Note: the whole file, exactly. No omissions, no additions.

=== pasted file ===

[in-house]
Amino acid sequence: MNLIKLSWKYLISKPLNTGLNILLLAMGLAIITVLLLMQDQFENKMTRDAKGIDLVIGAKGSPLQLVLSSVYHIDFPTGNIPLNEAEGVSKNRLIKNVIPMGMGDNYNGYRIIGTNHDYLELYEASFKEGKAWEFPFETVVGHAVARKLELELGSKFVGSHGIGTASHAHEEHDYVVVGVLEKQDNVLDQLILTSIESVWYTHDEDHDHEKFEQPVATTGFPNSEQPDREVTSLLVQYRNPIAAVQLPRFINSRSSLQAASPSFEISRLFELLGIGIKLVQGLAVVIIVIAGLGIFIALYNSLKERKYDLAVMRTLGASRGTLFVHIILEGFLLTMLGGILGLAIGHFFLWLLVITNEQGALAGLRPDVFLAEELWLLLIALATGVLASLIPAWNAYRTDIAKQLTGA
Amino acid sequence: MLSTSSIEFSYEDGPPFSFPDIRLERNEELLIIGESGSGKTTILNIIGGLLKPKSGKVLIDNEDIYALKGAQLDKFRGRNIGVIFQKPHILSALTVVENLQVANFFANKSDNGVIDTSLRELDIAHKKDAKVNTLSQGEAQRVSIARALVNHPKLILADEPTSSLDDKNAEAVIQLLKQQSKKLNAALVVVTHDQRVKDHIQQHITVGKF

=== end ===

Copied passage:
[in-house]
Amino acid sequence: MNLIKLSWKYLISKPLNTGLNILLLAMGLAIITVLLLMQDQFENKMTRDAKGIDLVIGAKGSPLQLVLSSVYHIDFPTGNIPLNEAEGVSKNRLIKNVIPMGMGDNYNGYRIIGTNHDYLELYEASFKEGKAWEFPFETVVGHAVARKLELELGSKFVGSHGIGTASHAHEEHDYVVVGVLEKQDNVLDQLILTSIESVWYTHDEDHDHEKFEQPVATTGFPNSEQPDREVTSLLVQYRNPIAAVQLPRFINSRSSLQAASPSFEISRLFELLGIGIKLVQGLAVVIIVIAGLGIFIALYNSLKERKYDLAVMRTLGASRGTLFVHIILEGFLLTMLGGILGLAIGHFFLWLLVITNEQGALAGLRPDVFLAEELWLLLIALATGVLASLIPAWNAYRTDIAKQLTGA
Amino acid sequence: MLSTSSIEFSYEDGPPFSFPDIRLERNEELLIIGESGSGKTTILNIIGGLLKPKSGKVLIDNEDIYALKGAQLDKFRGRNIGVIFQKPHILSALTVVENLQVANFFANKSDNGVIDTSLRELDIAHKKDAKVNTLSQGEAQRVSIARALVNHPKLILADEPTSSLDDKNAEAVIQLLKQQSKKLNAALVVVTHDQRVKDHIQQHITVGKF